Linux Lite 2.0

Quite possibly the best distro we’ve ever used.

Linux Lite is a distro that seems to have found favour wherever it’s been installed. Yet, for some odd reason it is also one that’s often left to one side or forgotten completely when the talk turns to fresh, lightweight and manageable desktops. Why this is I have no idea, and it’s a shame because the recently released version 2.0 of Linux Lite is an exceptionally good example of what can be achieved when the right combinations of desktop, tools, programs and ideas come together.

If the selling point for a Linux distro these days is its user friendliness and ease of use for tor the beginner (or even being considered Windows-refugee compatible), then Linux Lite should be top of the shopping list. Based on Ubuntu 14.04 LTS, this Xfce installed distro is loaded with everything you could possibly want from a modern day PC.

GIMP, the latest versions of Firefox and Thunderbird, Mumble (a high quality voice chat program) and VLC are the standard fare. LibreOffice also makes an appearance, but there’s more to this distro than the inherent programs.
There are pre-built and configured tools to help install extra software or even remove it, via the Lite Software feature (that runs via a set of well designed scripts). There’s also a pre-designed user manager in the form of Linux Lite User Manager, which makes account management a little easier to understand for those who are new to Linux.

Naturally the more common tools and administrative programs can be accessed, and for the hardened user there’s always the Terminal, which has a rather natty and retro looking green text on a black background theme going, so despite the emphasis being on the new user a regular distro junkie will appreciate Linux Lite just as much.

The menu layout is clean and uncluttered, as is the desktop and interface, which helps improve the already minimalistic nature of Linux Lite. There have clearly been some carefully laid plans put in place when designing Linux Lite as everything from the wording of the programs and tools in the menu, to the well documented support and help manual is excellently presented.

As I previously mentioned, the former Windows XP user will have no trouble getting to grips with Linux Lite, but it needn’t be totally dedicated to bringing new Linux members into the community. The right-click context menu, for example, houses such additions as ‘Create Launcher’, Task Manager’ and even a screenshot option, all of which form a better companion to enter into Linux with.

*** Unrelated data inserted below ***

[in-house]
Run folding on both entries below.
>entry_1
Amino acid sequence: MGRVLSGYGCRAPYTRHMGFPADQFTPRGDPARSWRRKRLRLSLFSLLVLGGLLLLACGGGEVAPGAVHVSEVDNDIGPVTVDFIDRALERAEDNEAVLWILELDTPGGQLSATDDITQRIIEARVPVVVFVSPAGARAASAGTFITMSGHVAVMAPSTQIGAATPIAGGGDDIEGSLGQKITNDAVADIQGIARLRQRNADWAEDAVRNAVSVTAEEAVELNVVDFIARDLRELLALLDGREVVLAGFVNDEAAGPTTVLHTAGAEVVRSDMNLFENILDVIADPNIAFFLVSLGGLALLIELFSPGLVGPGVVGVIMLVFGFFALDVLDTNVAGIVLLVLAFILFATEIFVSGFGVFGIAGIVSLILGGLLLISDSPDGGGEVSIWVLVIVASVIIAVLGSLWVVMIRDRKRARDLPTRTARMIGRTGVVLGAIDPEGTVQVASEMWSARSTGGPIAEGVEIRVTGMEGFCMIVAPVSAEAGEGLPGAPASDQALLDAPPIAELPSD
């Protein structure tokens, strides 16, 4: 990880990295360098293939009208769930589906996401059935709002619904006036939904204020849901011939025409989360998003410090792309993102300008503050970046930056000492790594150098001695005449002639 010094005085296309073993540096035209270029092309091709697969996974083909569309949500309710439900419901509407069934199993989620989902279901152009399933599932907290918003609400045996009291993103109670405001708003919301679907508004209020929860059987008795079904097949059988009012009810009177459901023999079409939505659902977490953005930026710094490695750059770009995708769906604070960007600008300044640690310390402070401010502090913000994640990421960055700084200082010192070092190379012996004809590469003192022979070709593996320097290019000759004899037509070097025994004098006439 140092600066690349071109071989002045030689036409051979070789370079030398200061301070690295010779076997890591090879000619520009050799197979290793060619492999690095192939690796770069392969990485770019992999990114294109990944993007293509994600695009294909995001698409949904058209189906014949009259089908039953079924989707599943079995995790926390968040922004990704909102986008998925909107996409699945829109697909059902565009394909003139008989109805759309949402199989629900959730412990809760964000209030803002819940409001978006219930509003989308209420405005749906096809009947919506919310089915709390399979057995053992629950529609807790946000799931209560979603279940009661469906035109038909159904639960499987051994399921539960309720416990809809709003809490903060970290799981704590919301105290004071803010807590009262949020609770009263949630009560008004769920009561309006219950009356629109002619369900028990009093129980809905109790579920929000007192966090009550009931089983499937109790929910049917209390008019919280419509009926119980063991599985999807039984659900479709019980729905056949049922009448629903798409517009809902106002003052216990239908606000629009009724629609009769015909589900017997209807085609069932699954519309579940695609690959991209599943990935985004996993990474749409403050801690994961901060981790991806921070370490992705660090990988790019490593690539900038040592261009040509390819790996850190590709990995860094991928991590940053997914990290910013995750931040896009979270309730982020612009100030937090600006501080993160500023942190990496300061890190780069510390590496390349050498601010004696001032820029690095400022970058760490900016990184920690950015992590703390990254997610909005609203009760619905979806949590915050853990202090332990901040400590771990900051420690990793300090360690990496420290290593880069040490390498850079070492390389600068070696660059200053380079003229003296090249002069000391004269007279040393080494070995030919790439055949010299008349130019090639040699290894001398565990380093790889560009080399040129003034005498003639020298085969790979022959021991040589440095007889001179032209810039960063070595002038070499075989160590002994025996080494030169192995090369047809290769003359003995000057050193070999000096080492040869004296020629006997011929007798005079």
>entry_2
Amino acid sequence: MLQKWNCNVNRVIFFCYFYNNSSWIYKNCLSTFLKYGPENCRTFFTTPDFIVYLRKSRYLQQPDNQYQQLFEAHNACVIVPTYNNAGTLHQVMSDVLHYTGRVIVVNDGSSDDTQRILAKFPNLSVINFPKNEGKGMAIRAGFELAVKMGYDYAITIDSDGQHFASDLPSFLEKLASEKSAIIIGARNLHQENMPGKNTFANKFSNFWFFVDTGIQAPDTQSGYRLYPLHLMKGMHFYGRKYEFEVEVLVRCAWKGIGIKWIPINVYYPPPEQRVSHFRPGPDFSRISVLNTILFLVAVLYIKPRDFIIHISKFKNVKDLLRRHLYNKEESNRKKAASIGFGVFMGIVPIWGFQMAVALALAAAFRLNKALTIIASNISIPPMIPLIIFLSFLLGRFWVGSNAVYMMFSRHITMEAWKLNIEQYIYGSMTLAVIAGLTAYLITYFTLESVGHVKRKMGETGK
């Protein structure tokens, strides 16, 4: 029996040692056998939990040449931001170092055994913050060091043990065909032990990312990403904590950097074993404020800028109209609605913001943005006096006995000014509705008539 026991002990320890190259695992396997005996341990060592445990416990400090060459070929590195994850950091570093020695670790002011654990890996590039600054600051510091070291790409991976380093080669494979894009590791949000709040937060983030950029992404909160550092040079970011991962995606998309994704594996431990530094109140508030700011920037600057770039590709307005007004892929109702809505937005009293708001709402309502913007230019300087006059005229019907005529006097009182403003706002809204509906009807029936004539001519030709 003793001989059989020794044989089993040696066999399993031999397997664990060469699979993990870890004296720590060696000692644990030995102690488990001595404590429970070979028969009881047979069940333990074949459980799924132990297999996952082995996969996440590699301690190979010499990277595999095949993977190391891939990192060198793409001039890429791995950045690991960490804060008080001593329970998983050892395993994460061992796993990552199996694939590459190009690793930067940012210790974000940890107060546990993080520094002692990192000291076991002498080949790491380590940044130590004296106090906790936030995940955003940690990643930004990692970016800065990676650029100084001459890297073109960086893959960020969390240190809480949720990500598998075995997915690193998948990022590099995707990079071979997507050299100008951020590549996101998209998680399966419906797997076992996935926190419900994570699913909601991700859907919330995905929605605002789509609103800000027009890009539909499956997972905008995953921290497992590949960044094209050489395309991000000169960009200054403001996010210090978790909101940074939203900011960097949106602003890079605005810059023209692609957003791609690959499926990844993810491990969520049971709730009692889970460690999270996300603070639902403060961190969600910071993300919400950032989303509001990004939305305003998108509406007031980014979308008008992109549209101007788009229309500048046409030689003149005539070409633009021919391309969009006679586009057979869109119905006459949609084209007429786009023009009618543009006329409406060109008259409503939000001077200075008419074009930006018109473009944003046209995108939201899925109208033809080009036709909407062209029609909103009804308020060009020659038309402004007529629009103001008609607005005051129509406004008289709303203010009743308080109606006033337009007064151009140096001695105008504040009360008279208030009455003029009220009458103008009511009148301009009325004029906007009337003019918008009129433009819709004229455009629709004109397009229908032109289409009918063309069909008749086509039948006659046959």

However, a few tweaks here and there can turn Linux Lite into a desktop powerhouse – and one that will no doubt please the more advanced user.

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Looks aside, the clever combination of Xfce and the minimalist approach of the overall system, Linux Lite is an exceptionally quick and sprightly desktop to use.

It boots within seconds, is snappy to respond and open programs, can switch between workspaces quickly and adds a certain sense of style to what is in essence one of many similar lightweight distros.

It’s also very stable and hasn’t ever bombed out when we treated it to an intense Steam session or a spot of video editing, in fact it kept its liveliness throughout the entire time we tested it. Which is testament indeed to its construction and development.

To conclude, I’m very impressed with the work that has been done to deliver Linux Lite 2.0 in such a well polished, instantly useable, state. It’s a great desktop and addition to our collection of worthy installations, and for this we applaud the development team and Linux Lite community.

Linux Lite 2.0 is a thoroughly amazing distro.

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